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The origins of Flamenco Dance
Most of today’s flamencologists will agree that the baile flamenco
has descended from the ancient dances of the Indian Hindus.
Although the flamenco dance has shed many of the elements of the
Indian religious dances that will unfold a story with set eye and
facial movements, it does still have similarities with the Indian
The early flamenco dancers, especially the woman,
concentrated more on the upper body and arm movements, similar to
that of the Indian Bharata Natya, where the dance is focused on arm
movements and facial expressions.
Also from India is the
Kathuk, which is a dance performed by men and woman, where the very
intricate footwork has similarities to the zapateado in flamenco.
These dances reached Spain as early as the Greek times,
500-250 BC, where Indian dancers where brought into Spain via the
port of Gadir, today known as Cádiz, to entertain the royals of the
time. The arrival of the Moors nearly one thousand years later, and
also the gypsies, who brought with them, dance and music styles from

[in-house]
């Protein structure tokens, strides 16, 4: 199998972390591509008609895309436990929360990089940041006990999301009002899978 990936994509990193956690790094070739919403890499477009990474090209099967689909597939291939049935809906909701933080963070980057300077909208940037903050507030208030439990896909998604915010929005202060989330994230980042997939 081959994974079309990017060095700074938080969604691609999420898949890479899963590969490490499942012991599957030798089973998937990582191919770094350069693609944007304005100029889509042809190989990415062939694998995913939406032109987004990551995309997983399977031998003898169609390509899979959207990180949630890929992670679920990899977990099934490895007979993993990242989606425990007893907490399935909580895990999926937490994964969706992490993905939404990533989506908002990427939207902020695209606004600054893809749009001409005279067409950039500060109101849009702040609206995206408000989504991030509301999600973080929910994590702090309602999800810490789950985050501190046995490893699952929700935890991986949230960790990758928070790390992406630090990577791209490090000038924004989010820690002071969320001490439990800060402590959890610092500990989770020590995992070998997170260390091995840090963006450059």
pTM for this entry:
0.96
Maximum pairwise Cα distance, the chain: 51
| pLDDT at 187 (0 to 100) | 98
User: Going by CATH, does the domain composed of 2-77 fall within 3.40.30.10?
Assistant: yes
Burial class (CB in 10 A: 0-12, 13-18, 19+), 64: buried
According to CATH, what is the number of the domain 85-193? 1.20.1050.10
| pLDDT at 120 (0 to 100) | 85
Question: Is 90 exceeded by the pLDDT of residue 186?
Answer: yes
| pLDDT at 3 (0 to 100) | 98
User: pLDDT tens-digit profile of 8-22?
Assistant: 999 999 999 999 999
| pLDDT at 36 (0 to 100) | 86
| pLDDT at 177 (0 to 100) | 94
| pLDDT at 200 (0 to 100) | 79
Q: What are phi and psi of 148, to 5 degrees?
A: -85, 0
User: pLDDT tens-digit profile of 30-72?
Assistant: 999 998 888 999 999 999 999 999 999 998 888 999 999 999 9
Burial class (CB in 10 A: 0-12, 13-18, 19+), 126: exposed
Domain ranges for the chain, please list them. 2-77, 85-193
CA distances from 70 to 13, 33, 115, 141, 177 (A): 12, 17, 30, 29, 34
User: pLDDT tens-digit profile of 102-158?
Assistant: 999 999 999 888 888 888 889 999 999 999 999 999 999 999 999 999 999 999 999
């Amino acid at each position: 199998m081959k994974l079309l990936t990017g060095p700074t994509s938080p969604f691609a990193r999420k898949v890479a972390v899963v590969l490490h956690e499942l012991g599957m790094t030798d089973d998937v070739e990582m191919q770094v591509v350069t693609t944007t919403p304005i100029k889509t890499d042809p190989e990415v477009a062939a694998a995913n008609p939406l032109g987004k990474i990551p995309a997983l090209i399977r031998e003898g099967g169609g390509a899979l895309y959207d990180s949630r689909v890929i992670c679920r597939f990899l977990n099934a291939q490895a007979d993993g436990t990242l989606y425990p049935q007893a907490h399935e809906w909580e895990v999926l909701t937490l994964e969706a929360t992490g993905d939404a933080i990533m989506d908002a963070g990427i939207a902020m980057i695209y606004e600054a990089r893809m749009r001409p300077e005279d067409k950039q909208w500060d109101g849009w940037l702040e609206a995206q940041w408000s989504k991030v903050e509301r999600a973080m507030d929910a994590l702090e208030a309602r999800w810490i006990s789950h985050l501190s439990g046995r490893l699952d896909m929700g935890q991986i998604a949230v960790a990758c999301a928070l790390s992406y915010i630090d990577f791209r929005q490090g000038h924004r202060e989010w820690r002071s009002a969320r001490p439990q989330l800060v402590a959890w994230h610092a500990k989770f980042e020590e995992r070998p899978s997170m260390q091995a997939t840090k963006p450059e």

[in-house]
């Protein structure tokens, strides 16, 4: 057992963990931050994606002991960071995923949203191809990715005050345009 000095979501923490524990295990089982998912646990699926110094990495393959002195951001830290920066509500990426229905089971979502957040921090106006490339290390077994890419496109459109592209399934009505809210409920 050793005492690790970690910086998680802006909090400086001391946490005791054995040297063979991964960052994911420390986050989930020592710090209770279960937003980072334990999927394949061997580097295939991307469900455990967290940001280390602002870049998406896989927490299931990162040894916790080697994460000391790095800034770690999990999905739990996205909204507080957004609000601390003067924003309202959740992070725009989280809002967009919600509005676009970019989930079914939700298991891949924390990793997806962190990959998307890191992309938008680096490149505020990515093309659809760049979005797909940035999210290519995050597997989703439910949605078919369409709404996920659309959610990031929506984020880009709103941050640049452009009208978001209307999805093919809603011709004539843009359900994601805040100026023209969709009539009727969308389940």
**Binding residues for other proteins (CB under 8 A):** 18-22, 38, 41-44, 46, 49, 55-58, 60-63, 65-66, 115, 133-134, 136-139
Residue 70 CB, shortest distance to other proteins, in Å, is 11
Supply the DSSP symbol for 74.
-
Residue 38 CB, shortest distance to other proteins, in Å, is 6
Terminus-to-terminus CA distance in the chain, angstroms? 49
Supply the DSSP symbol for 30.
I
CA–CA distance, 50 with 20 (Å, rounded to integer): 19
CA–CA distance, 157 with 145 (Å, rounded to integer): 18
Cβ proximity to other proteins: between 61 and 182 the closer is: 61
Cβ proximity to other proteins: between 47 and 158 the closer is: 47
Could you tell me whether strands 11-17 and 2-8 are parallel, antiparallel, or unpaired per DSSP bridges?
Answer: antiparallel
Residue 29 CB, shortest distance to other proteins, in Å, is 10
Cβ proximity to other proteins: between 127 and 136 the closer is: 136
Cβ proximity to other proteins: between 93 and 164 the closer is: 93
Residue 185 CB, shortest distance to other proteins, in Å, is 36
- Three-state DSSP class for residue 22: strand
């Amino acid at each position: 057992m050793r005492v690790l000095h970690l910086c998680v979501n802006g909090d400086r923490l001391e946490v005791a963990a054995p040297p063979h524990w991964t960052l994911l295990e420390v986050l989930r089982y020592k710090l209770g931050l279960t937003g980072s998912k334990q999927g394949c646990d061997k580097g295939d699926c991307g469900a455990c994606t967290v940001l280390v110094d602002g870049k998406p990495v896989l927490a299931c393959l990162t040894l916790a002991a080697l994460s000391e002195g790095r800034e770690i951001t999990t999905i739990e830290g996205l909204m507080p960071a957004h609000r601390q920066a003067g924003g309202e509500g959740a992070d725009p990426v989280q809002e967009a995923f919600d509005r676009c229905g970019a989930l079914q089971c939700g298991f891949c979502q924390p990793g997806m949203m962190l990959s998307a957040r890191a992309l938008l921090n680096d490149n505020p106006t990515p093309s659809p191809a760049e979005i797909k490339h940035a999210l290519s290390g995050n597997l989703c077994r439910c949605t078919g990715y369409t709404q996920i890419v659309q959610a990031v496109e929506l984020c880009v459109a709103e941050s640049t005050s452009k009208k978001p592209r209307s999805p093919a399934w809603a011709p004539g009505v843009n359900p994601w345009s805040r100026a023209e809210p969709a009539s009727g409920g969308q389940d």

Pakistan and Persia enriched the existing andalucian styles.
Many theorists lay the blame for the lack of footwork in the
early female baile flamenco on the Muslim discouragement for women
not to show their legs.
The zapateado or intricate footwork
displayed by the dancer was not introduced into the female dance
routine until the early twentieth century.
The decrees of
the 16 th century, where Moors, Jews, and gypsies were persecuted,
resulted in these outcasts going underground, and taking with them
their music and dances, and this is where it stayed, and this is
thought to be the very beginning of the formation of flamenco.
The style of dance we see performed today has changed
considerably since these times, and now styles of flamenco song that
were never danced are being taken up by modern dancers striving to
find new directions for the flamenco dance.
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